Jul 27, 2015

The genetic basis of cone serotiny in Pinus contorta as a function of mixed-severity and stand-replacement fire regimes

BioRxiv : the Preprint Server for Biology
Mike FeduckBrad Hawkes

Abstract

Wildfires and mountain pine beetle (MPB) attacks are important contributors to the development of stand structure in lodgepole pine, and major drivers of its evolution. The historical pattern of these events have been correlated with variation in cone serotiny (possessing cones that remain closed and retain seeds until opened by fire) across the Rocky Mountain region of Western North America. As climate change brings about a marked increase in the size, intensity, and severity of our wildfires, it is becoming increasingly important to study the genetic basis of serotiny as an adaptation to wildfire. Knowledge gleaned from these studies would have direct implications for forest management in the future, and for the future. In this study, we collected physical data and DNA samples from 122 trees of two different areas in the IDF-dk of British Columbia; multi-cohort stands (Cariboo-Chilcotin) with a history of mixed-severity fire and frequent MPB disturbances, and single-cohort stands (Logan Lake) with a history of stand replacing (crown) fire and infrequent MPB disturbances. We used QuantiNemo to construct simulated populations of lodgepole pine at five different growth rates, and compared the statistical outputs to physical data...Continue Reading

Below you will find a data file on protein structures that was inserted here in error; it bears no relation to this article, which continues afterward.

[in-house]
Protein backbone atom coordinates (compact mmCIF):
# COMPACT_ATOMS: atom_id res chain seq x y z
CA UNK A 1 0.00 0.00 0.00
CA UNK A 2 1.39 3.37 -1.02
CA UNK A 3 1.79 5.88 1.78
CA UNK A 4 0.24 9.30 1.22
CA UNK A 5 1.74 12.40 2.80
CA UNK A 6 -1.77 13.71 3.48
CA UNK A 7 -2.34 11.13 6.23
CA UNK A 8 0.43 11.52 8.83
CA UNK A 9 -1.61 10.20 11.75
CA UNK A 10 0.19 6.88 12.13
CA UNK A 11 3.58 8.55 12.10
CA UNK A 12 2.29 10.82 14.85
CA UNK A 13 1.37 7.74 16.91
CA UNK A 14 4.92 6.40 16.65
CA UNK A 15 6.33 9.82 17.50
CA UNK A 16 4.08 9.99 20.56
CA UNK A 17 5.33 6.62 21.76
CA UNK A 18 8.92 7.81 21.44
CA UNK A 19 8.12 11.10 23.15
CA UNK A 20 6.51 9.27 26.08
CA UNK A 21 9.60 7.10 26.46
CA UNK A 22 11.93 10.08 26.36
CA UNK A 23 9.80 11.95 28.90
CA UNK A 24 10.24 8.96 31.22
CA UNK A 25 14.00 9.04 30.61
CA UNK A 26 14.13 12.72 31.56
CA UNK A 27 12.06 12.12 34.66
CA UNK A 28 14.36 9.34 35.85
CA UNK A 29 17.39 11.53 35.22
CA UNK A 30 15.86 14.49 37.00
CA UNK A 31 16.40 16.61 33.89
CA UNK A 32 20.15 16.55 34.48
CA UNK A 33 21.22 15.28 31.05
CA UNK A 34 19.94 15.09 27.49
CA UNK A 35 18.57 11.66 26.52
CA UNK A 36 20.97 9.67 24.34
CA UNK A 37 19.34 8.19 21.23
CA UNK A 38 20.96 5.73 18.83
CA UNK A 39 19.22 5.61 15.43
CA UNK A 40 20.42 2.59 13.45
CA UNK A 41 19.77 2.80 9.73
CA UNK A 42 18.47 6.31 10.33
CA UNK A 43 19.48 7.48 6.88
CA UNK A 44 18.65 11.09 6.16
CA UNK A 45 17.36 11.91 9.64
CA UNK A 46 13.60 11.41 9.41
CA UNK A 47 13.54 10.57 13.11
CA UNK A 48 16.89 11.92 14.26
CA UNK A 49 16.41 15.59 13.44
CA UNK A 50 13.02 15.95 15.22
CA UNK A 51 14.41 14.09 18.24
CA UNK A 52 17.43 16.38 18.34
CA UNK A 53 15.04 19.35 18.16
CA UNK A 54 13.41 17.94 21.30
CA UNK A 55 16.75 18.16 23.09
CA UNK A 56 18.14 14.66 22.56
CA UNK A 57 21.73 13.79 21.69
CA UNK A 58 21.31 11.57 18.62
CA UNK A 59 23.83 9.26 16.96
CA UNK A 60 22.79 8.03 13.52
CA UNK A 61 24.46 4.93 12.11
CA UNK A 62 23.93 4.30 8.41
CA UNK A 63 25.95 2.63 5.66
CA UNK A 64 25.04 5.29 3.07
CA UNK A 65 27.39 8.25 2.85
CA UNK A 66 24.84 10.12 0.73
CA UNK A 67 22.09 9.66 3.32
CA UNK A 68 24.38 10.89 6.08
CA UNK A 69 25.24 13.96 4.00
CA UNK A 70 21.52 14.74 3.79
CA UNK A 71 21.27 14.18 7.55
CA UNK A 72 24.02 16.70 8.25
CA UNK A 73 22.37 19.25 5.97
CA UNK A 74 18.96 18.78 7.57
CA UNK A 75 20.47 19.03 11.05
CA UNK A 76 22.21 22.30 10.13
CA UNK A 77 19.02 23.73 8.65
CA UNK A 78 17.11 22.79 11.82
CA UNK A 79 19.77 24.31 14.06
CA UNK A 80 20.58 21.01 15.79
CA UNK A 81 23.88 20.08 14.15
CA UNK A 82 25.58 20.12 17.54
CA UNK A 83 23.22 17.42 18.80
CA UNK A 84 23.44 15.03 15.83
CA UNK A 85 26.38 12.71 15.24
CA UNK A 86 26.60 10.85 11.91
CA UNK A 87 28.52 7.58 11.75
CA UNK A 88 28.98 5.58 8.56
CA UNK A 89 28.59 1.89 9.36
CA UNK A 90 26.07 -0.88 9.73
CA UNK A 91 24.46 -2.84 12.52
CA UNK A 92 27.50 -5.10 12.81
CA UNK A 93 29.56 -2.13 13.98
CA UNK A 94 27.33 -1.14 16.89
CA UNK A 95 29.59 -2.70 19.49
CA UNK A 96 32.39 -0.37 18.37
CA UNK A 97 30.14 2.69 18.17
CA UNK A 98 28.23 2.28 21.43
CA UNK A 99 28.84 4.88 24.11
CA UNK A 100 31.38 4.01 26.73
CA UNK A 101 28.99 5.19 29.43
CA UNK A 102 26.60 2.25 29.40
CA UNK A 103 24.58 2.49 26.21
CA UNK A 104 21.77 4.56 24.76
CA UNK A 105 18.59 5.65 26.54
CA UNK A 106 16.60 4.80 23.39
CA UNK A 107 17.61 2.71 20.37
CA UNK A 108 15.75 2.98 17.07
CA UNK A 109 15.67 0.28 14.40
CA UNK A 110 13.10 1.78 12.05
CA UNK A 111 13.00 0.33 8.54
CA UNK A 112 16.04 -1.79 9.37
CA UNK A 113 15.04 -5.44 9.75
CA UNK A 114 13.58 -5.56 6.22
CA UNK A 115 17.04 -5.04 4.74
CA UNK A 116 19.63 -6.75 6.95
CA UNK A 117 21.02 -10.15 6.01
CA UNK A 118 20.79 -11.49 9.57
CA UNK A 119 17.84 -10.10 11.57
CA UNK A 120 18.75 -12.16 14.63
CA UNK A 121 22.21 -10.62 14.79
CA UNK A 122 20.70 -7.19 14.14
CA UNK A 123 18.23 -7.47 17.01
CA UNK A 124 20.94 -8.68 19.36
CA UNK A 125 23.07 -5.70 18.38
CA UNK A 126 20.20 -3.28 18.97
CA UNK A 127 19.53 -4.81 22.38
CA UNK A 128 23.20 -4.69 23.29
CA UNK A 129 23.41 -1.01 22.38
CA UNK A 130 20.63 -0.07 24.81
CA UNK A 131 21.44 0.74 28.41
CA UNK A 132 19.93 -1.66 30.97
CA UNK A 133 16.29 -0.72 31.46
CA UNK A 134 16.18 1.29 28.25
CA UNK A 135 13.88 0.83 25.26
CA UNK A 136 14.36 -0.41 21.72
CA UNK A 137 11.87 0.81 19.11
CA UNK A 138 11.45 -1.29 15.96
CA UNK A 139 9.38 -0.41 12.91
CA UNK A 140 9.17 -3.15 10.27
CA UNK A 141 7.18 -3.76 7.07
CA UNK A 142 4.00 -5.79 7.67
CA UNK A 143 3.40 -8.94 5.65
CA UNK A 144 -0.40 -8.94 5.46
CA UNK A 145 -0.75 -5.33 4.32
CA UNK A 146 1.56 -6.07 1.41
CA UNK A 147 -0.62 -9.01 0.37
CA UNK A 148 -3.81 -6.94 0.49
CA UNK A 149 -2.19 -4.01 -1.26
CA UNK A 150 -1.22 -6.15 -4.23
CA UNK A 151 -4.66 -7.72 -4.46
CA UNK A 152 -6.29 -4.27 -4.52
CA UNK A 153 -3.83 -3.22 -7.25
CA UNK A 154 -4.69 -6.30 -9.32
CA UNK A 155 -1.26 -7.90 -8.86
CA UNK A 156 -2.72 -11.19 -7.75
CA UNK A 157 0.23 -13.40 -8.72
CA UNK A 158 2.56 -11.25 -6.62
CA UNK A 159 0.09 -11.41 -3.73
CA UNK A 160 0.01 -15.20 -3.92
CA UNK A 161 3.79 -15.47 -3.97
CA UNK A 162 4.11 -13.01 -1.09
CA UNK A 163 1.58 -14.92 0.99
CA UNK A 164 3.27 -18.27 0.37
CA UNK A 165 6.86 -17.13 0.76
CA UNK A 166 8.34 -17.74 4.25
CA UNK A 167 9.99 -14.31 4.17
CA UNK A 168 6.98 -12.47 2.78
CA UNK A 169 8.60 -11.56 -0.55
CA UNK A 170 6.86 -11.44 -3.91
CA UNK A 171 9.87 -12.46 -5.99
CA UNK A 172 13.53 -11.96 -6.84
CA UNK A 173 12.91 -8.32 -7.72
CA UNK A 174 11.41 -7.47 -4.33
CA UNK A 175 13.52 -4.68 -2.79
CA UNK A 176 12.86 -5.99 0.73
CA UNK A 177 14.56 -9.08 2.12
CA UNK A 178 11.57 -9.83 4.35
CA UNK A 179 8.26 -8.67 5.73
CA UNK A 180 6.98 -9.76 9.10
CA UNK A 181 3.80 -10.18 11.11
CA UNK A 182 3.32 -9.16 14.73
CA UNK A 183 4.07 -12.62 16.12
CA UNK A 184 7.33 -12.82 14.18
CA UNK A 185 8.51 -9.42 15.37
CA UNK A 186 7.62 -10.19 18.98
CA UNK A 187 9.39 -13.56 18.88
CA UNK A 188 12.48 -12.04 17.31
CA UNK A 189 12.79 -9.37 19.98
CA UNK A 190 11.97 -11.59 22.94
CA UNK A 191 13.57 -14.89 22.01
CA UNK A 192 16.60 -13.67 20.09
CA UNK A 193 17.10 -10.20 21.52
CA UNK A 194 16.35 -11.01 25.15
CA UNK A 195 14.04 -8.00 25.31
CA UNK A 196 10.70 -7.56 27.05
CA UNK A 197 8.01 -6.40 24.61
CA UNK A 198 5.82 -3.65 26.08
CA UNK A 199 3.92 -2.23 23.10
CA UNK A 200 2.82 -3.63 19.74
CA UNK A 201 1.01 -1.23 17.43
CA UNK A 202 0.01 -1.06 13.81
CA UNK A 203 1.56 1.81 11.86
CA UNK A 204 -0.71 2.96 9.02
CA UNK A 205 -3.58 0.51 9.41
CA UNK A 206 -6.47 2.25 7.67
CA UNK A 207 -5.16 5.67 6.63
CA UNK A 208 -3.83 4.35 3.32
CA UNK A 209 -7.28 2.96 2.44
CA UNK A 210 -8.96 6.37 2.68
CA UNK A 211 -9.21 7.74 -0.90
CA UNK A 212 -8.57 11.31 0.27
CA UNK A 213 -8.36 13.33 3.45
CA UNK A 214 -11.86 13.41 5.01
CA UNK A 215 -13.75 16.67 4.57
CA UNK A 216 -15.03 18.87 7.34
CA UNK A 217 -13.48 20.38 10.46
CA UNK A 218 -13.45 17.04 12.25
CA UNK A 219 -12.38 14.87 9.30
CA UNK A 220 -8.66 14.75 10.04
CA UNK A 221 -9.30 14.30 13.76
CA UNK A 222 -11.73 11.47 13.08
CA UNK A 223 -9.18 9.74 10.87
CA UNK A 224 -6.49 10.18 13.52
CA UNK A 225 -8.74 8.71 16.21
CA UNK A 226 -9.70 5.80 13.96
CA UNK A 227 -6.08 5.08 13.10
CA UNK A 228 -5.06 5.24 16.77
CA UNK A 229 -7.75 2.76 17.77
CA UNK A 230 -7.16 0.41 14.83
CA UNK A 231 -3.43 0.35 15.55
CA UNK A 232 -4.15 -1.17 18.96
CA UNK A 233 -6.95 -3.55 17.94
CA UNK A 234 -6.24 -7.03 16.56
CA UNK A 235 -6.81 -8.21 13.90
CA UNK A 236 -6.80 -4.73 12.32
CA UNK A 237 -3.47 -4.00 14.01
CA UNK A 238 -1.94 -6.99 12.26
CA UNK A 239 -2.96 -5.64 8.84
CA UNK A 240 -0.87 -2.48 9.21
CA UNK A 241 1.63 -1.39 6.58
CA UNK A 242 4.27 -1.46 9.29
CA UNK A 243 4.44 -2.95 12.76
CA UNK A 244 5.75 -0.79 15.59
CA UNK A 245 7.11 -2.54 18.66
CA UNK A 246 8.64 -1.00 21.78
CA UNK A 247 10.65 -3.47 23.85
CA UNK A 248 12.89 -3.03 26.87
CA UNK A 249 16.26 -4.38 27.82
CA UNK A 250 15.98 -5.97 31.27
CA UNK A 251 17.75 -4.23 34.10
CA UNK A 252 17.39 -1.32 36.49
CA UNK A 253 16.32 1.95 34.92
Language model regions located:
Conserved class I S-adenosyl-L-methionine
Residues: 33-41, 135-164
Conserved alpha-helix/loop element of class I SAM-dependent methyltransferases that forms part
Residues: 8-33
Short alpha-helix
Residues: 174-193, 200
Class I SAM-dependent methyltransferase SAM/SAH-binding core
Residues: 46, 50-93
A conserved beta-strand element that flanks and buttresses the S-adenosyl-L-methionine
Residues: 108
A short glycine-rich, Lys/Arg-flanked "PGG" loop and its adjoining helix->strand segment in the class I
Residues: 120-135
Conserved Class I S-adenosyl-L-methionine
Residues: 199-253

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Mentioned in this Paper

Study
Size
Trees (plant)
Allergy Testing Pine
Heredity
Heredity Aspects
Pinus ponderosa
Cone Dosage Form
Dendroctonus ponderosae
Hepatic Encephalopathy

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